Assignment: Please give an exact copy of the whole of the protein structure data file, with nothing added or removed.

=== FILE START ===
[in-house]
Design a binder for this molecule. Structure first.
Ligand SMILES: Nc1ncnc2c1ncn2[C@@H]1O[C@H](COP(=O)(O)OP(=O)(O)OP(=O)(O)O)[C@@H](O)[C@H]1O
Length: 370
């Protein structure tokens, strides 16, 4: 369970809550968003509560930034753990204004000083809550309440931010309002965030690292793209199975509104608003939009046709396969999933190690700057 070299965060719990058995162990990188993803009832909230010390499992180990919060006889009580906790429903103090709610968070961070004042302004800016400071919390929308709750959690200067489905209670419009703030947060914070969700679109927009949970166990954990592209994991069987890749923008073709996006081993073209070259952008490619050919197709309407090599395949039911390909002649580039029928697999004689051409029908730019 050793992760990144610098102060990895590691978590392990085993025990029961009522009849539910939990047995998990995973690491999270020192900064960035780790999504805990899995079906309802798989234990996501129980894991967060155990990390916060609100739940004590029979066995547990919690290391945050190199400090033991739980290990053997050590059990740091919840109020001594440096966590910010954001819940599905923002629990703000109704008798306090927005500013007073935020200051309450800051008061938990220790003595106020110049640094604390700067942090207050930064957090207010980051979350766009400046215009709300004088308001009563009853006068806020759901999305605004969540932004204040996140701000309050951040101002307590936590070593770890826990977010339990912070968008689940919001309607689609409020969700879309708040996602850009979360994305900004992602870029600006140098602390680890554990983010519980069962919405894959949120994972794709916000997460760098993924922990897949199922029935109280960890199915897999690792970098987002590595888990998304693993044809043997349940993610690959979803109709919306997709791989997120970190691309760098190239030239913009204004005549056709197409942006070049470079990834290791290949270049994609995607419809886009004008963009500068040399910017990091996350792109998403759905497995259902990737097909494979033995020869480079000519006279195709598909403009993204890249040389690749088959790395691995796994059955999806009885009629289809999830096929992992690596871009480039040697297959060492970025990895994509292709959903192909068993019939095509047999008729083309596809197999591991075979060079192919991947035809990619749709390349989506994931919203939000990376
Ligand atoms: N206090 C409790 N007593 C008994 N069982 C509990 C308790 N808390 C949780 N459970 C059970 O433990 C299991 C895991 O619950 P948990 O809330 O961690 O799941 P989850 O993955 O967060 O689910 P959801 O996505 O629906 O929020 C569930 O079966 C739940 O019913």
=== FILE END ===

[in-house]
Design a binder for this molecule. Structure first.
Ligand SMILES: Nc1ncnc2c1ncn2[C@@H]1O[C@H](COP(=O)(O)OP(=O)(O)OP(=O)(O)O)[C@@H](O)[C@H]1O
Length: 370
């Protein structure tokens, strides 16, 4: 369970809550968003509560930034753990204004000083809550309440931010309002965030690292793209199975509104608003939009046709396969999933190690700057 070299965060719990058995162990990188993803009832909230010390499992180990919060006889009580906790429903103090709610968070961070004042302004800016400071919390929308709750959690200067489905209670419009703030947060914070969700679109927009949970166990954990592209994991069987890749923008073709996006081993073209070259952008490619050919197709309407090599395949039911390909002649580039029928697999004689051409029908730019 050793992760990144610098102060990895590691978590392990085993025990029961009522009849539910939990047995998990995973690491999270020192900064960035780790999504805990899995079906309802798989234990996501129980894991967060155990990390916060609100739940004590029979066995547990919690290391945050190199400090033991739980290990053997050590059990740091919840109020001594440096966590910010954001819940599905923002629990703000109704008798306090927005500013007073935020200051309450800051008061938990220790003595106020110049640094604390700067942090207050930064957090207010980051979350766009400046215009709300004088308001009563009853006068806020759901999305605004969540932004204040996140701000309050951040101002307590936590070593770890826990977010339990912070968008689940919001309607689609409020969700879309708040996602850009979360994305900004992602870029600006140098602390680890554990983010519980069962919405894959949120994972794709916000997460760098993924922990897949199922029935109280960890199915897999690792970098987002590595888990998304693993044809043997349940993610690959979803109709919306997709791989997120970190691309760098190239030239913009204004005549056709197409942006070049470079990834290791290949270049994609995607419809886009004008963009500068040399910017990091996350792109998403759905497995259902990737097909494979033995020869480079000519006279195709598909403009993204890249040389690749088959790395691995796994059955999806009885009629289809999830096929992992690596871009480039040697297959060492970025990895994509292709959903192909068993019939095509047999008729083309596809197999591991075979060079192919991947035809990619749709390349989506994931919203939000990376
Ligand atoms: N206090 C409790 N007593 C008994 N069982 C509990 C308790 N808390 C949780 N459970 C059970 O433990 C299991 C895991 O619950 P948990 O809330 O961690 O799941 P989850 O993955 O967060 O689910 P959801 O996505 O629906 O929020 C569930 O079966 C739940 O019913």